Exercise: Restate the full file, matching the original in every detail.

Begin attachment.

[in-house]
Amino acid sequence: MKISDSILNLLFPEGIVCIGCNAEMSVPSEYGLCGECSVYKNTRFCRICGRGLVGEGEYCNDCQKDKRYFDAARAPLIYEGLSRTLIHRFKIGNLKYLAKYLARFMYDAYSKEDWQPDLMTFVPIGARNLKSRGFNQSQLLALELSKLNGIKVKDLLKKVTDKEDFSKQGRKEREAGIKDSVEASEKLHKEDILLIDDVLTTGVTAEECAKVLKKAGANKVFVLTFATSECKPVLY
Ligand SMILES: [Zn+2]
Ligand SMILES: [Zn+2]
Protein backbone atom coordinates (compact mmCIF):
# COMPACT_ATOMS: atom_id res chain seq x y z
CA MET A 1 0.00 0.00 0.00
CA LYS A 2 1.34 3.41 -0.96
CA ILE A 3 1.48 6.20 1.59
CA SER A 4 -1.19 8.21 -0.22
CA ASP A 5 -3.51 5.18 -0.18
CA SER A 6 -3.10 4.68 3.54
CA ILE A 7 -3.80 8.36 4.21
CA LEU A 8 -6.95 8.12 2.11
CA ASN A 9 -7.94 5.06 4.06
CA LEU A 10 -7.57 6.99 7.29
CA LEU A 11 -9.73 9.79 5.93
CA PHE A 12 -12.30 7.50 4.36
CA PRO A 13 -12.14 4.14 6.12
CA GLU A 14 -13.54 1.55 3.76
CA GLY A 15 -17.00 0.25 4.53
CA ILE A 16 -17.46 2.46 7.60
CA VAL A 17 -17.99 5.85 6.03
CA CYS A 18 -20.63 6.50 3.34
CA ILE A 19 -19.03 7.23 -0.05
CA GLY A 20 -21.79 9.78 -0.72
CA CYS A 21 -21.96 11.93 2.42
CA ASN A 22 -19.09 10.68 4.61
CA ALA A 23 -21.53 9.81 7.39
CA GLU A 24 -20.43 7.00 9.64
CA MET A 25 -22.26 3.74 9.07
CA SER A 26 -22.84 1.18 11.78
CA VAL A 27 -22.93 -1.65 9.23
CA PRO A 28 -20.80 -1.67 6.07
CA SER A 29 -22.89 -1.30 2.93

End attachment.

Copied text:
[in-house]
Amino acid sequence: MKISDSILNLLFPEGIVCIGCNAEMSVPSEYGLCGECSVYKNTRFCRICGRGLVGEGEYCNDCQKDKRYFDAARAPLIYEGLSRTLIHRFKIGNLKYLAKYLARFMYDAYSKEDWQPDLMTFVPIGARNLKSRGFNQSQLLALELSKLNGIKVKDLLKKVTDKEDFSKQGRKEREAGIKDSVEASEKLHKEDILLIDDVLTTGVTAEECAKVLKKAGANKVFVLTFATSECKPVLY
Ligand SMILES: [Zn+2]
Ligand SMILES: [Zn+2]
Protein backbone atom coordinates (compact mmCIF):
# COMPACT_ATOMS: atom_id res chain seq x y z
CA MET A 1 0.00 0.00 0.00
CA LYS A 2 1.34 3.41 -0.96
CA ILE A 3 1.48 6.20 1.59
CA SER A 4 -1.19 8.21 -0.22
CA ASP A 5 -3.51 5.18 -0.18
CA SER A 6 -3.10 4.68 3.54
CA ILE A 7 -3.80 8.36 4.21
CA LEU A 8 -6.95 8.12 2.11
CA ASN A 9 -7.94 5.06 4.06
CA LEU A 10 -7.57 6.99 7.29
CA LEU A 11 -9.73 9.79 5.93
CA PHE A 12 -12.30 7.50 4.36
CA PRO A 13 -12.14 4.14 6.12
CA GLU A 14 -13.54 1.55 3.76
CA GLY A 15 -17.00 0.25 4.53
CA ILE A 16 -17.46 2.46 7.60
CA VAL A 17 -17.99 5.85 6.03
CA CYS A 18 -20.63 6.50 3.34
CA ILE A 19 -19.03 7.23 -0.05
CA GLY A 20 -21.79 9.78 -0.72
CA CYS A 21 -21.96 11.93 2.42
CA ASN A 22 -19.09 10.68 4.61
CA ALA A 23 -21.53 9.81 7.39
CA GLU A 24 -20.43 7.00 9.64
CA MET A 25 -22.26 3.74 9.07
CA SER A 26 -22.84 1.18 11.78
CA VAL A 27 -22.93 -1.65 9.23
CA PRO A 28 -20.80 -1.67 6.07
CA SER A 29 -22.89 -1.30 2.93